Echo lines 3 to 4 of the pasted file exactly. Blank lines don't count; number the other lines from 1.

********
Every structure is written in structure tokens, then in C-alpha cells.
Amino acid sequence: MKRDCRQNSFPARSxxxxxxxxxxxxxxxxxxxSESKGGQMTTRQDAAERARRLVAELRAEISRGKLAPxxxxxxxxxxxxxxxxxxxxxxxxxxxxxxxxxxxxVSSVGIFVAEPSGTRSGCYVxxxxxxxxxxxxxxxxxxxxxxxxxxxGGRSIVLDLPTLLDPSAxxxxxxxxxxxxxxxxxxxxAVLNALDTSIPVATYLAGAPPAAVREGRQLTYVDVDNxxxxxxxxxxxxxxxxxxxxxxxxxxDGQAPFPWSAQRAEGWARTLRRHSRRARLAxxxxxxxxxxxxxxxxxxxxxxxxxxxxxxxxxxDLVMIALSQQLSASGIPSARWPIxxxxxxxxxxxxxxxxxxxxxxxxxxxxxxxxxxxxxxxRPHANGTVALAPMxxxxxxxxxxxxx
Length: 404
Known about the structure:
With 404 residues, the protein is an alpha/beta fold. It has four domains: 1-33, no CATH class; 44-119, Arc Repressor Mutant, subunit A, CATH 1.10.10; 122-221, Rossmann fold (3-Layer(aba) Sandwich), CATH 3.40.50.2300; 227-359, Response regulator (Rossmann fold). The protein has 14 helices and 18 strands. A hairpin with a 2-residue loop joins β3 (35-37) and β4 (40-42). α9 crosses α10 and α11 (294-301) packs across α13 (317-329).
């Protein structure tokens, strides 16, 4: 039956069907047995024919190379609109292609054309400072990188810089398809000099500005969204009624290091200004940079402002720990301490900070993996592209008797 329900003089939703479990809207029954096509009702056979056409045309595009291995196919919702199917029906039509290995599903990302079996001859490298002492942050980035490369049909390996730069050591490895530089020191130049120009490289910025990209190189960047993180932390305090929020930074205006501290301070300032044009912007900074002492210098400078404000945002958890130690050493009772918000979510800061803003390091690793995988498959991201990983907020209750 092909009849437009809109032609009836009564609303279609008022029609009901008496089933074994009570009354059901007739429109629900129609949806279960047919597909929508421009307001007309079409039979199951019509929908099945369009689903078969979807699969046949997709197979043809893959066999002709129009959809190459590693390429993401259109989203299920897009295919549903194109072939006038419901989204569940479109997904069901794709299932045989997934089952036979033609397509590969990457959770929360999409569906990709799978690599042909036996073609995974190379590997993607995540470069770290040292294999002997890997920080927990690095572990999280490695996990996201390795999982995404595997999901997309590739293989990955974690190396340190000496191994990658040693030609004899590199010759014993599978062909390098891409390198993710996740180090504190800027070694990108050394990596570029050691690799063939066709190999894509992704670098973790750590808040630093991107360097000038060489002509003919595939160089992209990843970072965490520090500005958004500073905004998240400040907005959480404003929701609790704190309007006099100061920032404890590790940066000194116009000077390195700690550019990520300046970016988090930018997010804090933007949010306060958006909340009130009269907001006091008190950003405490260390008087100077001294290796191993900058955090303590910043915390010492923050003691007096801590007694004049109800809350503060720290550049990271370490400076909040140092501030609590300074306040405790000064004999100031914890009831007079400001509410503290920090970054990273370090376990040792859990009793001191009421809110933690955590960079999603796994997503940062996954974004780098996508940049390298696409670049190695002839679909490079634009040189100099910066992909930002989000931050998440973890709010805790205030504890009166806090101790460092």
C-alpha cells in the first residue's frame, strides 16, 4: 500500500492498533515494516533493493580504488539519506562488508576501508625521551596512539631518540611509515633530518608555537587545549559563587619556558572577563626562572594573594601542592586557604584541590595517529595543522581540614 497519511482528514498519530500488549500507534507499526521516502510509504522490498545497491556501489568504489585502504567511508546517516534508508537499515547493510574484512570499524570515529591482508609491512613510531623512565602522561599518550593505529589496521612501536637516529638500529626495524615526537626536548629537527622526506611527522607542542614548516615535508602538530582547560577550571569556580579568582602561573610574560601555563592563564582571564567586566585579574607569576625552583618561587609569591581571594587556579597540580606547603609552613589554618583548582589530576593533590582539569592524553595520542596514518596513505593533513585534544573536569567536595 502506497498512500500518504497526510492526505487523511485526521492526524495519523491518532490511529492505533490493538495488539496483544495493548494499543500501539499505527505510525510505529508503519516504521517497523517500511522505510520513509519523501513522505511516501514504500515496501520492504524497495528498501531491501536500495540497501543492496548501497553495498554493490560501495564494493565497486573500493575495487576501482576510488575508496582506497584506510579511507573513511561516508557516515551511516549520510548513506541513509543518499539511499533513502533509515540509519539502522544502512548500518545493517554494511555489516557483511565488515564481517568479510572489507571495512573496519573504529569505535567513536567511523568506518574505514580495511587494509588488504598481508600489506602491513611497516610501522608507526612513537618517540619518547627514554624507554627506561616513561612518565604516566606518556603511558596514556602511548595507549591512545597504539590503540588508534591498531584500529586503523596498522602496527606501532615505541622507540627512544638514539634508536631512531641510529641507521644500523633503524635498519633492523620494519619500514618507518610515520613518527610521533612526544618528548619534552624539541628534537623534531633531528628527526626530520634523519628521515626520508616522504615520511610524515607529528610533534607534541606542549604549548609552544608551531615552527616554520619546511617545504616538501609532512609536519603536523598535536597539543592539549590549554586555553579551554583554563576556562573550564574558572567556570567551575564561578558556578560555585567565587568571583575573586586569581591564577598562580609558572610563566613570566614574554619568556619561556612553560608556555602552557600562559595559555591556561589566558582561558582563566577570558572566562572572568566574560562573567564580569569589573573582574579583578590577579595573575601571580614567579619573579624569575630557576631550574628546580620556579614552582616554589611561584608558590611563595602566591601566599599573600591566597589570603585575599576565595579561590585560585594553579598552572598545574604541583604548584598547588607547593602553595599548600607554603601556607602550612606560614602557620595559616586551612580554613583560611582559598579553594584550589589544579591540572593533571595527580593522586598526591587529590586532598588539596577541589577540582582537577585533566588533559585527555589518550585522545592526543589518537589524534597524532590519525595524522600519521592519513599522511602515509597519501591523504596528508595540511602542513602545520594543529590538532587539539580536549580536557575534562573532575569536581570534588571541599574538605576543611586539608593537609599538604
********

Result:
Length: 404
Known about the structure: